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Human Immunodeficiency Virus Nef Protein [HIV-1/Clade B (IIIB)]

$619.04$1,581.59 excl. VAT

Recombinant HIV-1 [HIV-1/Clade B (IIIB)] Nef protein, comprising amino acids 3-190 with a ß-galactosidase fusion partner. Manufactured in E. coli and


Recombinant HIV-1 Nef (Negative Regulatory Factor) protein is produced in E. coli and fused with ß-galactosidase.



  • Recombinant HIV Nef protein [HIV-1/Clade B (IIIB)] is produced in E. coli and fused with ß-galactosidase.
  • Stored in 10 mM Carbonate 10 mM BME 10 mM EDTA.
  • Suitable for use in ELISA, western blot and lateral flow immunoassay.



Human immunodeficiency virus (HIV) is a retrovirus (genus Lentivirus) with a single-stranded, positive-sense RNA genome. Upon entry of the target cell, the viral RNA genome is converted to double-stranded DNA by a virally encoded reverse transcriptase that is present in the virus particle. This viral DNA is then integrated into the cellular DNA by a virally encoded integrase allowing the genome to be transcribed. Once the virus has infected the cell, two pathways are possible: either the virus becomes latent and the infected cell continues to function, or the virus becomes active and replicates, and a large number of virus particles are liberated to infect other cells. Infection with HIV leads to a condition in which the immune system begins to fail, leading to opportunistic infections. HIV primarily infects cells in the human immune system including CD4 T cells, macrophages and dendritic cells. Infection subsequently results in low levels of CD4 T cells via direct viral killing of infected cells, increased rates of apoptosis in infected cells and killing of infected CD4 T cells by CD8 cytotoxic lymphocytes that recognize infected cells. When CD4 T cell numbers decline below a critical level, cell-mediated immunity is lost, and the body becomes progressively more susceptible to opportunistic infections.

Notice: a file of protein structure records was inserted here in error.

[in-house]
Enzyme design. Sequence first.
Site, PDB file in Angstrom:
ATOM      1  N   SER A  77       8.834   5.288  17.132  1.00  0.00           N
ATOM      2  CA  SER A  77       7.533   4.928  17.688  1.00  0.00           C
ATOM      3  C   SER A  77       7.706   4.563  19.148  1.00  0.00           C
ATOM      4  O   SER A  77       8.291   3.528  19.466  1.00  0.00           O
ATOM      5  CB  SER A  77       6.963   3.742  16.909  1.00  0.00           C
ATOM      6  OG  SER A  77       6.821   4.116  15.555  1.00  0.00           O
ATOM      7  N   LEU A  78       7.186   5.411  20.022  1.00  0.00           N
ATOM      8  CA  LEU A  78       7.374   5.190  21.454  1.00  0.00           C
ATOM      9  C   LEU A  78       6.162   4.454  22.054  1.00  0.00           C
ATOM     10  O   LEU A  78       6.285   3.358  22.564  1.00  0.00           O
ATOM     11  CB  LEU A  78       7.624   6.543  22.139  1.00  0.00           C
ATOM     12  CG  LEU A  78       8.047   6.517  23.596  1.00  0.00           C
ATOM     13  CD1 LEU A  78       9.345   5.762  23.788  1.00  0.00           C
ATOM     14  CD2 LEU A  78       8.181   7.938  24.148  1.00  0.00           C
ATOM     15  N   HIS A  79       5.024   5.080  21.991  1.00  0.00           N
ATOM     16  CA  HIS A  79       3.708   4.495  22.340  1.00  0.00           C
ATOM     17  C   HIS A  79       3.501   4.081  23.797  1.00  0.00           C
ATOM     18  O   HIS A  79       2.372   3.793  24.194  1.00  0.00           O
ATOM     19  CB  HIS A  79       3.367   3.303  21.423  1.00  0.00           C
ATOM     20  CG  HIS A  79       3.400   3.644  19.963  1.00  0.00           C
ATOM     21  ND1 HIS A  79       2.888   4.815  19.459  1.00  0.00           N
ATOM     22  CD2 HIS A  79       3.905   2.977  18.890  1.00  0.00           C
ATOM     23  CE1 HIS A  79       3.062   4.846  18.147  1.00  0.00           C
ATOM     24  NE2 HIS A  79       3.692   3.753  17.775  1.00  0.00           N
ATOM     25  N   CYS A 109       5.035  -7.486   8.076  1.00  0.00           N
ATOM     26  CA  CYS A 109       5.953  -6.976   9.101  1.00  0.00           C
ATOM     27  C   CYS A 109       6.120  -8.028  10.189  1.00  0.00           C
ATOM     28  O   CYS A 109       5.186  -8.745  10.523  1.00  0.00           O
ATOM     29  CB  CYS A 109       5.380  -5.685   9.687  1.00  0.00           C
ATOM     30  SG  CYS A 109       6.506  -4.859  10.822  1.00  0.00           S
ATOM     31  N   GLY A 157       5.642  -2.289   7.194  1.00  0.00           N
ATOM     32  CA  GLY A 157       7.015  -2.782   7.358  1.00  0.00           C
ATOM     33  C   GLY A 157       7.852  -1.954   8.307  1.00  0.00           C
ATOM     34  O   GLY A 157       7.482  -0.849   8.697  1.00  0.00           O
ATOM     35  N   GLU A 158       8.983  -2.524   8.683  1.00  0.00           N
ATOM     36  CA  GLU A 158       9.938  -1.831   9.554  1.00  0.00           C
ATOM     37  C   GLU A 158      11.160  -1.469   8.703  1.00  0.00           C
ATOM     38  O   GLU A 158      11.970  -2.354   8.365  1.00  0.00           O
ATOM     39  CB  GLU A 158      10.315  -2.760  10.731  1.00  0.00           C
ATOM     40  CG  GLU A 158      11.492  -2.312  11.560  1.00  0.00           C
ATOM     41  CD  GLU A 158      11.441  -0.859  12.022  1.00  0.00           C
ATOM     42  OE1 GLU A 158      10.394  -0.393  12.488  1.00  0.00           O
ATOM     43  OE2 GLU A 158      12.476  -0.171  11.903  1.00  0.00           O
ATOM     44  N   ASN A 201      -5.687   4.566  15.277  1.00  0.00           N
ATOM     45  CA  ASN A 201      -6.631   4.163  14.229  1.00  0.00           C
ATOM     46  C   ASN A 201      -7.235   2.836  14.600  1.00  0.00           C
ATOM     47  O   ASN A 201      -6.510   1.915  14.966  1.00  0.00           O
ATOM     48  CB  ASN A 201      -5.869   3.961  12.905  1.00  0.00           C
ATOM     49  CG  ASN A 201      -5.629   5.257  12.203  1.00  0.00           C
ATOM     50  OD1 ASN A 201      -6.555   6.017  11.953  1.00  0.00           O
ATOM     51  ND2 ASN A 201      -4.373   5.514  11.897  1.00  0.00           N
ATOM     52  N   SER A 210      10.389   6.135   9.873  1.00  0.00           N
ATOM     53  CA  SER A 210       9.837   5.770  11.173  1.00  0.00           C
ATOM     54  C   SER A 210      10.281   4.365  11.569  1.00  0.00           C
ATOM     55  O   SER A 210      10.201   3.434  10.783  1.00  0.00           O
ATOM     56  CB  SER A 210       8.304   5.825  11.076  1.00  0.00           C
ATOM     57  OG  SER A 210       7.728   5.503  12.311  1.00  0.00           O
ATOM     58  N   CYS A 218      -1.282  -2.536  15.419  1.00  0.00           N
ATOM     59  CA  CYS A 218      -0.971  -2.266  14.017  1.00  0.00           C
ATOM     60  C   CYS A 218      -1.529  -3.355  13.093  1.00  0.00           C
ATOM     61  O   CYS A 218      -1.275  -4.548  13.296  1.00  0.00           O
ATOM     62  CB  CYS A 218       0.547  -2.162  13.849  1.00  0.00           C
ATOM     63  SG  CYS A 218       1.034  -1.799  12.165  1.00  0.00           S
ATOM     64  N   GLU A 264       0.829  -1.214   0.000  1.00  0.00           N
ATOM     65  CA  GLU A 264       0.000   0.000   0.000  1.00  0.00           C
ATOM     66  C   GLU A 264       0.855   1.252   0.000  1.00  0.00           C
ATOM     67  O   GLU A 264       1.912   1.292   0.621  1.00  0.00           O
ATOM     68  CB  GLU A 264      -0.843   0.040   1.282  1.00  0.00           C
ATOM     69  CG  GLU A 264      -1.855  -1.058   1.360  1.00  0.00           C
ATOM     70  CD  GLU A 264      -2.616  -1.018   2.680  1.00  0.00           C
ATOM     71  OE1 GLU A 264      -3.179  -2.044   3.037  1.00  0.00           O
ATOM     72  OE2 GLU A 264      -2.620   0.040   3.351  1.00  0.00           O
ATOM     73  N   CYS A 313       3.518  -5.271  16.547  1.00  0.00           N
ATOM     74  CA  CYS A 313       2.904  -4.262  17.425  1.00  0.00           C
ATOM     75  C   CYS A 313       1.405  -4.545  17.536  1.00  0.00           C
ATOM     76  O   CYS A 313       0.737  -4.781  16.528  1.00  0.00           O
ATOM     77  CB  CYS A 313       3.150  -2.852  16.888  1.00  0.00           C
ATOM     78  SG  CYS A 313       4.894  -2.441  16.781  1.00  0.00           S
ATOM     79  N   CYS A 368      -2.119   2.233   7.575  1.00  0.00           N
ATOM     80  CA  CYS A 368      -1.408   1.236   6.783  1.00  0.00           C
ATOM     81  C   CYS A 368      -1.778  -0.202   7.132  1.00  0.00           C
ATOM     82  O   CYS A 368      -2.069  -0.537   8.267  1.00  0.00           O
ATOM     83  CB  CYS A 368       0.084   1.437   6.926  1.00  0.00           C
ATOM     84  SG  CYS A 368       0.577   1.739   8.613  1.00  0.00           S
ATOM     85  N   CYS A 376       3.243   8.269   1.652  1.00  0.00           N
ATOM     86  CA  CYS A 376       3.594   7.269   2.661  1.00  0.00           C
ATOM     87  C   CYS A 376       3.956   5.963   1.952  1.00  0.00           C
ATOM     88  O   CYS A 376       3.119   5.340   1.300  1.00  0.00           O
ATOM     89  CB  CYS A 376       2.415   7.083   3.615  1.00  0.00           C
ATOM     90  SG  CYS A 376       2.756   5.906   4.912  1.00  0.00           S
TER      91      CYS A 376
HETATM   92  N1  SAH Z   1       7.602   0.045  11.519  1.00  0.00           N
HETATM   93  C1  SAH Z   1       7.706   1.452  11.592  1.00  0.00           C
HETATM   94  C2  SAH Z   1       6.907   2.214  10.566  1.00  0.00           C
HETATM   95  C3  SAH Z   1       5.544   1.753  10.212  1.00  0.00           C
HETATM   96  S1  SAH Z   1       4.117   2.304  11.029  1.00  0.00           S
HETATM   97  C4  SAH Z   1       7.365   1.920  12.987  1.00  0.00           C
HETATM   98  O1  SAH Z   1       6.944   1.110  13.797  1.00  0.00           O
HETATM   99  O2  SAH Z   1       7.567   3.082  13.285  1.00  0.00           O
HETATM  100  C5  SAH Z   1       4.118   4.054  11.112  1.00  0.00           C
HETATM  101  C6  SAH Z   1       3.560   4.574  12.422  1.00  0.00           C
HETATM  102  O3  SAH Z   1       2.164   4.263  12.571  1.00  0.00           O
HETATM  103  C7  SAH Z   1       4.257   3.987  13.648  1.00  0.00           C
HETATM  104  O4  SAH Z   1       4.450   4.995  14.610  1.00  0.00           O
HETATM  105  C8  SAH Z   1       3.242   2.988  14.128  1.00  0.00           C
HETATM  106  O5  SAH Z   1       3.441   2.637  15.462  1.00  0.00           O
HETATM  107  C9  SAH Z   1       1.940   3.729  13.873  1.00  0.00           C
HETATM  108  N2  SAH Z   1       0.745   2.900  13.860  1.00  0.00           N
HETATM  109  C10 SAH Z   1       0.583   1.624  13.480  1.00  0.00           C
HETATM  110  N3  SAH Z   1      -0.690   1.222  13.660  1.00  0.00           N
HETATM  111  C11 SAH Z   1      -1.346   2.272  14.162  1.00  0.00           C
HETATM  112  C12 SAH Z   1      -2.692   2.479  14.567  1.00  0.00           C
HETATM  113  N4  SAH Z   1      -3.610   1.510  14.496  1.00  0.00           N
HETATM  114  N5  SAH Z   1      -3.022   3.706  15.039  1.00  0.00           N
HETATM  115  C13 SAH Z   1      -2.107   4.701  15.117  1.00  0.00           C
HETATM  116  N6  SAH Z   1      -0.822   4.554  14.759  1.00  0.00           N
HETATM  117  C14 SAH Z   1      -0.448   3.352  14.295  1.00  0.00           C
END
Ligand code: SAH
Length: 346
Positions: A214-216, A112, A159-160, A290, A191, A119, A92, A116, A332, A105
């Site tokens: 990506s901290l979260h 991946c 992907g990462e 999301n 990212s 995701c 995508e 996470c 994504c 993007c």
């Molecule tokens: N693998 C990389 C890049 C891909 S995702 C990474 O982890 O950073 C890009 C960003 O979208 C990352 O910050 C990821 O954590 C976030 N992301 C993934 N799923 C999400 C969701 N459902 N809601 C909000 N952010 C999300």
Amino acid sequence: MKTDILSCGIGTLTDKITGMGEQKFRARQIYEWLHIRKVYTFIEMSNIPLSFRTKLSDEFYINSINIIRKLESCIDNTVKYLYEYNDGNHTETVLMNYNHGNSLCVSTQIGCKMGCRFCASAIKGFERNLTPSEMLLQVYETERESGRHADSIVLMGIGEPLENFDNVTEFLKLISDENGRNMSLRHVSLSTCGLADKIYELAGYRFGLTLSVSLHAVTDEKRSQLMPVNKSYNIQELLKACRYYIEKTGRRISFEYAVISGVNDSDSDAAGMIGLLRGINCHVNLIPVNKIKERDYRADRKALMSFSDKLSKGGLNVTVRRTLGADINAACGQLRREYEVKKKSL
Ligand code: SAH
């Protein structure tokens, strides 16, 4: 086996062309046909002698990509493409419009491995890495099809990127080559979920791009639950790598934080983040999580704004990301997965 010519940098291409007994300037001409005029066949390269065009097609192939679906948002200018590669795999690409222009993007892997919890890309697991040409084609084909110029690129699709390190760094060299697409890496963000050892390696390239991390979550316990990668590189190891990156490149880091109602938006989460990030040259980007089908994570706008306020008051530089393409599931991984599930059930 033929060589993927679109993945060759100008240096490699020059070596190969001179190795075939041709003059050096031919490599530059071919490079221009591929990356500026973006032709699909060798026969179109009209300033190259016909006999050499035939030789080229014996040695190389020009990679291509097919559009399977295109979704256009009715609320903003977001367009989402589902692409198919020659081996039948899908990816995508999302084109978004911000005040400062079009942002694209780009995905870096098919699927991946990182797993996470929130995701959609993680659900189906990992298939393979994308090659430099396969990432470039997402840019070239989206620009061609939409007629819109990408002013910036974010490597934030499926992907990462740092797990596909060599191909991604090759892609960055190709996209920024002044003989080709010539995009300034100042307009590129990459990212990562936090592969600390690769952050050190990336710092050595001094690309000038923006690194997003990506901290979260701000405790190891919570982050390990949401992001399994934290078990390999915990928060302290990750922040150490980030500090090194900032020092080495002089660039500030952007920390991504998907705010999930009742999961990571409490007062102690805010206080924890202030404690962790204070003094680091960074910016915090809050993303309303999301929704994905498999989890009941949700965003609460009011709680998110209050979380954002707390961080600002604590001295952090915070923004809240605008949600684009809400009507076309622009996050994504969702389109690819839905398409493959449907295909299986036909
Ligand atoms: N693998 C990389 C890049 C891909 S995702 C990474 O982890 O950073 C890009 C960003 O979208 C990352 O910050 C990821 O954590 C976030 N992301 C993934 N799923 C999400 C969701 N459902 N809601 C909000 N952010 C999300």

Nef (Negative Regulatory Factor) is expressed in the early stages of the viral life cycle by all primate lentiviruses (HIV-1, HIV-2 and SIV). It is translated from a multiply spliced mRNA which generates a myristoylated protein of 27–32 kDa highly expressed from the early stages of the infection process. Nef localizes primarily to the cytoplasm but also partially to the plasma membrane (PM) and is able to manipulate the host’s cellular machinery and thus allow infection, survival or replication of the pathogen. It facilitates T-cell activation and the establishment of a persistent state of infection, promoting the survival of infected cells and increasing virus propagation. Its role in HIV persistence is based largely on its ability to downmodulate the surface levels the major histocompatibility complex-I (MHC I) and (MHC II) present on antigen-presenting cells (APCs) and target cells, and CD4 and CD28 present on helper T cells (Das and Jameel, 2005). Nef has a multi-functional role and although it does not contain enzymatic activity, it carrys out several cellular functions due to its ability to interact with numerous host factors. Nef interacts with several proteins implicated in intracellular trafficking and plays a role in hiding or protecting infected cells from immune surveillance and by promoting virus dissemination (Basmaciogullari and Pizzato, 2014). A Nef-deleted virus vaccine has not been tested in humans although it was successfully trialled in Rhesus macaques (Daniel et al., 1992).



  • Basmaciogullari and Pizzato (2014). The activity of Nef on HIV-1 infectivity. Front Microbiol. 2014; 5: 232.
  • Coffin JM, Hughes SH, Varmus HE. Retroviruses. Cold Spring Harbor Laboratory Press; 1999.
  • Daniel et al. (1992). Protective effects of a live attenuated SIV vaccine with a deletion in the nef gene. Science. 258 (5090): 1938–41.
  • Das and Jameel (2005). Biology of the HIV Nef protein. Indian J Med Res. 121(4):315-32.

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